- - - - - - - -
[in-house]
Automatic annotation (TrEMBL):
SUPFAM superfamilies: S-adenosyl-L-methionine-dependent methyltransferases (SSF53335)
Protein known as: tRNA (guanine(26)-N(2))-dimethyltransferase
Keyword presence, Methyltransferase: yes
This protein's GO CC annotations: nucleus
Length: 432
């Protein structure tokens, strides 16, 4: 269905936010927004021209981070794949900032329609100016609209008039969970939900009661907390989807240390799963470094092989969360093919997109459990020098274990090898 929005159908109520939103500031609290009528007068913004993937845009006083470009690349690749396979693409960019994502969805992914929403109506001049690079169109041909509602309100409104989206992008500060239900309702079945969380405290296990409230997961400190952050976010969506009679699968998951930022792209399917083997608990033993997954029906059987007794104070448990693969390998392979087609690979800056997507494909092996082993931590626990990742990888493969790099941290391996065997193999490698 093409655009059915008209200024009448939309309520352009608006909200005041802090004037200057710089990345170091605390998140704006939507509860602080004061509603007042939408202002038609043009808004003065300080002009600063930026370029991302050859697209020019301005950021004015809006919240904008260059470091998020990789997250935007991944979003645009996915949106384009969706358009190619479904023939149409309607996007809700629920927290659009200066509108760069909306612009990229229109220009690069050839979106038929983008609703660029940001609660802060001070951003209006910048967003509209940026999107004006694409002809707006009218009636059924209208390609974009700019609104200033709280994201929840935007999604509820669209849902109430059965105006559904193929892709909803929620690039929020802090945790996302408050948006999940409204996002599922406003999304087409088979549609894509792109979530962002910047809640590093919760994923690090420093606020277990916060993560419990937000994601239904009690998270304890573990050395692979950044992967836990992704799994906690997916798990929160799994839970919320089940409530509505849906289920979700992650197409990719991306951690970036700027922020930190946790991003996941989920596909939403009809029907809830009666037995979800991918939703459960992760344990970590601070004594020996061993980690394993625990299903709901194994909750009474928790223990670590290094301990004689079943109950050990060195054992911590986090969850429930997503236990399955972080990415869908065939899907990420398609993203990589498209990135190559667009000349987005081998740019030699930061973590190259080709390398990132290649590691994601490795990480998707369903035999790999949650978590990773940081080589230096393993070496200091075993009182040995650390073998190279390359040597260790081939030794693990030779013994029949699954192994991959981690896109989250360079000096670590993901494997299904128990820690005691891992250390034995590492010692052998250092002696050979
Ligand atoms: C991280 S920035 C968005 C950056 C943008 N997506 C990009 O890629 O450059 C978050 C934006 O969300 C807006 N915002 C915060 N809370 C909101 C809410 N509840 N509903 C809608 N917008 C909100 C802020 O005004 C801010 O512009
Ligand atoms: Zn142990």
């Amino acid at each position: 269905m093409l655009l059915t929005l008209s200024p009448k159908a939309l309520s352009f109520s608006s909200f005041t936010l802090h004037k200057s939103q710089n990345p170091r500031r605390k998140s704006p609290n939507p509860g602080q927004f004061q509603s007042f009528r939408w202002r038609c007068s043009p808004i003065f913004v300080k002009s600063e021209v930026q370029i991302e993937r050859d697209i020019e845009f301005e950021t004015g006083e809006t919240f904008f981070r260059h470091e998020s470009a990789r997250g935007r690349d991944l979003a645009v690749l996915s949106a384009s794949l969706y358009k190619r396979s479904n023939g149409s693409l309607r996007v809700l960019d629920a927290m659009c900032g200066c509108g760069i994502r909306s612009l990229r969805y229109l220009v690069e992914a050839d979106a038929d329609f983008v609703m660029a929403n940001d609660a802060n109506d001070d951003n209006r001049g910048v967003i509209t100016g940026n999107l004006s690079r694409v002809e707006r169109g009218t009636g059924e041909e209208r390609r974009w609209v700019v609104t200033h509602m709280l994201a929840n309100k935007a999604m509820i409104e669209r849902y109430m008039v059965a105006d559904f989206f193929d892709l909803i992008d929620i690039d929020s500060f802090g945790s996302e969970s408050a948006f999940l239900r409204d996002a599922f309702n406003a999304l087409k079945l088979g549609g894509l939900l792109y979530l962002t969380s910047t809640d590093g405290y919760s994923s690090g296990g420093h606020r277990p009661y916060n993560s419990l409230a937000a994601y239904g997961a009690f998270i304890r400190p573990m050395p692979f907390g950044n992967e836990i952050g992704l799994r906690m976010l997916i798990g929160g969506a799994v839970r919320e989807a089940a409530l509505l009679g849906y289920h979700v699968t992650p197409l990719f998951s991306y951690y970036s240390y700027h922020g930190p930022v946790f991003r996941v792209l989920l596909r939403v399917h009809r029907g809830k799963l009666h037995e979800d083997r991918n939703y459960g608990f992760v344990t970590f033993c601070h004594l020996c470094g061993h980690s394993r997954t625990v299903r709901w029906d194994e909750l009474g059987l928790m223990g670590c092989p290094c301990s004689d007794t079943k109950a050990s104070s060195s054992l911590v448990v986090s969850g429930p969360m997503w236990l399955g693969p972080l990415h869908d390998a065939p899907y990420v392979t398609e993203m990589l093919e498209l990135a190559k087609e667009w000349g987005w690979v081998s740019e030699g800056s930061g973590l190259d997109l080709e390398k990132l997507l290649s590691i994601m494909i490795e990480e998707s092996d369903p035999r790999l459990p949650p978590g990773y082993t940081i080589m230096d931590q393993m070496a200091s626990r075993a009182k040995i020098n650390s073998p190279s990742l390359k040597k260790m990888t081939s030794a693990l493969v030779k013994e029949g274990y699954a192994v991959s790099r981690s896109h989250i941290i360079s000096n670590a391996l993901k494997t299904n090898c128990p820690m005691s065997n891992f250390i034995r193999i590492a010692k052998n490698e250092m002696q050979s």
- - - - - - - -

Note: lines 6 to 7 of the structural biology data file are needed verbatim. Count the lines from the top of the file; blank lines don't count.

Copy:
This protein's GO CC annotations: nucleus
Length: 432